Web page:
At this point, nobody should be surprised that athletes like Mat Fraser, Tia-Clair Toomey, Kristin Holte, and BKG have found their way back above the qualifying line in the Open after such stellar performances at the Games just a couple months ago. On the contrary, there are some athletes to watch that made the final cut at the Games and have found themselves well below the qualifying line after two weeks despite finishing in the top 10 at the Games, and after strong performances in the Open last season.
- On the men’s side, Will Moorad (92nd), James Newbury (118th), Saxon Panchik (185th), and Adrian Mundwiler (382nd) are the athlete facing an uphill climb the rest of the way through the Open. For Moorad and Newbury there is still an outside chance of making a comeback to earn one of the top 20 spots once things settle down, but for Saxon Panchik and Mundwilder, a return trip to the Games will need to happen through a Sanctioned event.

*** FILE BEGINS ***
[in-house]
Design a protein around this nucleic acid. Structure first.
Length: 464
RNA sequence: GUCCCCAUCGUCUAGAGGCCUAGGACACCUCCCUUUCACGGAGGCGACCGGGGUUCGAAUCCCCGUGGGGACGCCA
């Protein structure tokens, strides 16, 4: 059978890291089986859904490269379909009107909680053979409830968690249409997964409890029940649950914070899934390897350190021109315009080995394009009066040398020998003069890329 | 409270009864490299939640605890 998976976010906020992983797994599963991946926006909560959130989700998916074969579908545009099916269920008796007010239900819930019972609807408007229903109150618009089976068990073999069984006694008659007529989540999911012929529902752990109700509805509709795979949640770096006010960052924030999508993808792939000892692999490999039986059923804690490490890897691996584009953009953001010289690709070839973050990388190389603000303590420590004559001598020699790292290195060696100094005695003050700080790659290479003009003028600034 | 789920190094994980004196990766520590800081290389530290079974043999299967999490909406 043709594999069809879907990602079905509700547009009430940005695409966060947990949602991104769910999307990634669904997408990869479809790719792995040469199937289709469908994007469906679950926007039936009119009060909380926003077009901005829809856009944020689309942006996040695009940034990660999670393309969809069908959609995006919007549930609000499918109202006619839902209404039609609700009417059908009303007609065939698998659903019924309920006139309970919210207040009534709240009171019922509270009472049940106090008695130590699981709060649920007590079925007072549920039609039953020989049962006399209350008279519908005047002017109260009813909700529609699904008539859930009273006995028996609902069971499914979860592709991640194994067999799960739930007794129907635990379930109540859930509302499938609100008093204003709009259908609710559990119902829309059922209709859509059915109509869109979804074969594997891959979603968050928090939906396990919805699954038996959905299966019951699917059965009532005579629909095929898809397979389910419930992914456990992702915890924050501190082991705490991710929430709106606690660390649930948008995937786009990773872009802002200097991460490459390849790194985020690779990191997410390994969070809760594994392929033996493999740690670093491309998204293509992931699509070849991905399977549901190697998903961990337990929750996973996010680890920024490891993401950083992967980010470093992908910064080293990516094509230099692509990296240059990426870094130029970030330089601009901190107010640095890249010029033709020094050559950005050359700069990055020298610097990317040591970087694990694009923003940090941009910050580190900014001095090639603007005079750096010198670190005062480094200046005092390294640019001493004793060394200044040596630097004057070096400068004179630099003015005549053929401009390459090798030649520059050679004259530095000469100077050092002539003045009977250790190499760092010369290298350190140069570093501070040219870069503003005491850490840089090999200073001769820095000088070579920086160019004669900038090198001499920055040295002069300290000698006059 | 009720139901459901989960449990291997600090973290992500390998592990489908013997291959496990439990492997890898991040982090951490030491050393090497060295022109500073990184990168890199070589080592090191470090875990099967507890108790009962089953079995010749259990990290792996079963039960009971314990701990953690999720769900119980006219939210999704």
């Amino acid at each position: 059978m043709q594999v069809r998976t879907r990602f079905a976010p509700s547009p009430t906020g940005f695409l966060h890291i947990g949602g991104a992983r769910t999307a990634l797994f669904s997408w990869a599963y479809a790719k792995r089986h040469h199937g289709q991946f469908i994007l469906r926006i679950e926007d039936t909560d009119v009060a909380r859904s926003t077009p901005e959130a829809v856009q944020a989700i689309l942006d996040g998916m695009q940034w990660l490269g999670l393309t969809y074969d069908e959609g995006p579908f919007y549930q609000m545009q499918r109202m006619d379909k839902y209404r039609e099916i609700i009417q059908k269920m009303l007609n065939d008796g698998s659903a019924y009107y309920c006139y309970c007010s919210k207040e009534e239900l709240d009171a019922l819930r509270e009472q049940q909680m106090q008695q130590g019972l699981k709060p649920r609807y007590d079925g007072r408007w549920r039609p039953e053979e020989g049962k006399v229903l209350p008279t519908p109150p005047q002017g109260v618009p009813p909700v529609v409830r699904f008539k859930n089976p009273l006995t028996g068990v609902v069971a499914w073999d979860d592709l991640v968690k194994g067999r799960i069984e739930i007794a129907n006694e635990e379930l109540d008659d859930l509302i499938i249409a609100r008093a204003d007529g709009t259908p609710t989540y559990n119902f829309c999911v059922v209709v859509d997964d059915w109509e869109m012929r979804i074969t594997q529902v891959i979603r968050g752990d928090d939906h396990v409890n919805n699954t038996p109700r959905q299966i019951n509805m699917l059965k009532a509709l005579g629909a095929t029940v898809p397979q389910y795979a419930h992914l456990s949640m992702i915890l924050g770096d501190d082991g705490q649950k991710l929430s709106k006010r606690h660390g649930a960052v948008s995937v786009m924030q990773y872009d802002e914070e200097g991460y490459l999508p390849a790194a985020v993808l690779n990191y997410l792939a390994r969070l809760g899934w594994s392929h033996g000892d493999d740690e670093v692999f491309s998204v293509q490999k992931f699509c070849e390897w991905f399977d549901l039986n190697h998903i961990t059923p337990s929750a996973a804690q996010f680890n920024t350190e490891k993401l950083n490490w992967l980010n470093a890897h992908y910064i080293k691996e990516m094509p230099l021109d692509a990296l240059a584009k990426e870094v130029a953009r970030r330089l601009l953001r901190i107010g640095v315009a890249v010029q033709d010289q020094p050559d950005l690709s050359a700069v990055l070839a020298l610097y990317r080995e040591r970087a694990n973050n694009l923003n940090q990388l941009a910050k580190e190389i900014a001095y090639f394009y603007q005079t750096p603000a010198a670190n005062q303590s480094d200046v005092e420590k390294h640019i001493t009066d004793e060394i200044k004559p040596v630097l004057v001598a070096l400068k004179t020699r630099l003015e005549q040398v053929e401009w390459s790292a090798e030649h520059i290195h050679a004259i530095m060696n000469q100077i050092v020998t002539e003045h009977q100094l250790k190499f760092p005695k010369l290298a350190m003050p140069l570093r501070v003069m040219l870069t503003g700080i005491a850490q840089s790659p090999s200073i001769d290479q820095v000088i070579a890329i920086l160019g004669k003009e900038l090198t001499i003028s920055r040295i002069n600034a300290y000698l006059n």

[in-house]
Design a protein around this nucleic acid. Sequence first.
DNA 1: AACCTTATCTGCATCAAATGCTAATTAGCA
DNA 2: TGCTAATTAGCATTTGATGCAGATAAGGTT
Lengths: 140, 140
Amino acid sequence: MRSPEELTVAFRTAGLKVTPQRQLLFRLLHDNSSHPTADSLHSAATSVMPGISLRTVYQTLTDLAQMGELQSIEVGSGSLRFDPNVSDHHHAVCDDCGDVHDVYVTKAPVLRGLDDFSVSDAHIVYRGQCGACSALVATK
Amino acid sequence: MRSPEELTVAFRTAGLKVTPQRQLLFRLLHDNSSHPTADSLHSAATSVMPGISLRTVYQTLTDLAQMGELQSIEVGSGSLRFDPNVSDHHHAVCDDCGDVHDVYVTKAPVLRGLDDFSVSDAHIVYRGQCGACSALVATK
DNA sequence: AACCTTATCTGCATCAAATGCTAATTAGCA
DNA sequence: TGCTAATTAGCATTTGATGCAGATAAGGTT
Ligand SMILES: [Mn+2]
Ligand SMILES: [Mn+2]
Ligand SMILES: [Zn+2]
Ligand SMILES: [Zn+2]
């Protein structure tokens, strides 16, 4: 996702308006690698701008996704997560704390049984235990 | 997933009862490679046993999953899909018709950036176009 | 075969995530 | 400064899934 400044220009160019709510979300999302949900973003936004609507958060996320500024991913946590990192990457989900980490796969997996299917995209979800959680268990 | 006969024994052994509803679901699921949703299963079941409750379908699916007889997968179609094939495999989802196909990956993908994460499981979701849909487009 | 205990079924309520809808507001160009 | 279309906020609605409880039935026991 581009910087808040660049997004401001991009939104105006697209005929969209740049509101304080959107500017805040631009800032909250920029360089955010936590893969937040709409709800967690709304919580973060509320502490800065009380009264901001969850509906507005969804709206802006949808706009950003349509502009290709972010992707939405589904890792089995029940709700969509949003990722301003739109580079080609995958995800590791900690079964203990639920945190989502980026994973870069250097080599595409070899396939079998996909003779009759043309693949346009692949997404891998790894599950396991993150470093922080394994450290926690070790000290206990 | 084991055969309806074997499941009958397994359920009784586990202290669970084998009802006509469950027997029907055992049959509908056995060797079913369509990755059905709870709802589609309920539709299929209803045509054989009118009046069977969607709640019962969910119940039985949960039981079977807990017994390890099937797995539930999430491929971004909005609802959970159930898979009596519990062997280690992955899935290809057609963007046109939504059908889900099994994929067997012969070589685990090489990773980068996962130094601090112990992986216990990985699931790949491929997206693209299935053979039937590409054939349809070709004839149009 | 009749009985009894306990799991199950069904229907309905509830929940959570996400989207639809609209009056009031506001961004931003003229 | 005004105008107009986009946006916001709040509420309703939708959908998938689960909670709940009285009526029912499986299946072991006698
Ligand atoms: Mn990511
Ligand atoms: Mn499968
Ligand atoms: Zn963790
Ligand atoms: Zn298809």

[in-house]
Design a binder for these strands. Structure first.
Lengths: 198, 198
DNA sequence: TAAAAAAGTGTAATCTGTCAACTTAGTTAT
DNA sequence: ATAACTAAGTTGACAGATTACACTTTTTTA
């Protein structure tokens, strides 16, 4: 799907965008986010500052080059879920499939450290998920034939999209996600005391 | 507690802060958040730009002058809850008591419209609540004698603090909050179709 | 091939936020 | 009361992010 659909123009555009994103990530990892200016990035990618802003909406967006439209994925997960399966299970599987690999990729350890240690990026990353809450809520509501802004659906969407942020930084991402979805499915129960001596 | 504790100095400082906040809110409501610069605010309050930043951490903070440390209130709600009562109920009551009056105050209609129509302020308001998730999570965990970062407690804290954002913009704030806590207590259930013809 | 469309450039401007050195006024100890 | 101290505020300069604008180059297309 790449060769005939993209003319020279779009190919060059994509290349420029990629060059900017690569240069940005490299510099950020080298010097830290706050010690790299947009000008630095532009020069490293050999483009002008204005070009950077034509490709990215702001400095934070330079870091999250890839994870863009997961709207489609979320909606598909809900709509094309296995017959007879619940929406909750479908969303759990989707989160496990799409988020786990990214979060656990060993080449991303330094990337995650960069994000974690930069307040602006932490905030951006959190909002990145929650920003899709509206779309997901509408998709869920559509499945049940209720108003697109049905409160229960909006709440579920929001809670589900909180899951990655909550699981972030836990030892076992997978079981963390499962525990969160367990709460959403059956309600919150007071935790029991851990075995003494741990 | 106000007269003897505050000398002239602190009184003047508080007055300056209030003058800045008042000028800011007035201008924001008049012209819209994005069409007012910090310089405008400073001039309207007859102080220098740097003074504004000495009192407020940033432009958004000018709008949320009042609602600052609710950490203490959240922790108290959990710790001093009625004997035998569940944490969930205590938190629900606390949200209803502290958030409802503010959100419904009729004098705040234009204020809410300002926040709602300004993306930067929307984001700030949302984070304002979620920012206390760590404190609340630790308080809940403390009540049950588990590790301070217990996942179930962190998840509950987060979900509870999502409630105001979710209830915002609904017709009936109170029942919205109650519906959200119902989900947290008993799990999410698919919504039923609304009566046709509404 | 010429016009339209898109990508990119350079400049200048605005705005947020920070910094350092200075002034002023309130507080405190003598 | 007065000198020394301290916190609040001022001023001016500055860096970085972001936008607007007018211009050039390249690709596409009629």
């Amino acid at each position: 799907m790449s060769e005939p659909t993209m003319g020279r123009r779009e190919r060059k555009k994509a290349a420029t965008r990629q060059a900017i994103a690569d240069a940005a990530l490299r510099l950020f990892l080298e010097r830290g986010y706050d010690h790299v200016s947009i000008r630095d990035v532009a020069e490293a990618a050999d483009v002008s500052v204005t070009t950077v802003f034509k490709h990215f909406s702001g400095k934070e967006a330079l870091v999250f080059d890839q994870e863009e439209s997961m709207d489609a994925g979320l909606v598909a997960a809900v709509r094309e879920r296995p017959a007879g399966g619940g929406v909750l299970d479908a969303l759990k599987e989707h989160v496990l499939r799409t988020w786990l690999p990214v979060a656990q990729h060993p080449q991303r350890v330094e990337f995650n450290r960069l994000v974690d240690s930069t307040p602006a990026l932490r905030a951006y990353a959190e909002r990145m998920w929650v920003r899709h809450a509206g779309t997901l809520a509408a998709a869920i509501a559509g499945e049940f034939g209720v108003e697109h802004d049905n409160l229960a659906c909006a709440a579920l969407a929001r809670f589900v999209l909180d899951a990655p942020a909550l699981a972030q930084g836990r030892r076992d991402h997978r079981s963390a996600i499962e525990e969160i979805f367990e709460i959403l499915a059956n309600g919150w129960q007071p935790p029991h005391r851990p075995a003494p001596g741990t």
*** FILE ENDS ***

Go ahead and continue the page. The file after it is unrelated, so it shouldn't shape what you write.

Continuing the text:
- For the women, Amanda Barnhart (95th), Haley Adams (103rd), and Thuri Helgadottir (166th) are all south of the qualifying line after all three women were able to earn a qualifying spot through the Open last season. Helgadottir’s attention will likely turn to Sanctionals if she wants to return to the Games in 2020, while both Adams and Barnhart will need three consecutive top finishes if they want to climb back up into contention in a crowded women’s field at the top of the leaderboard.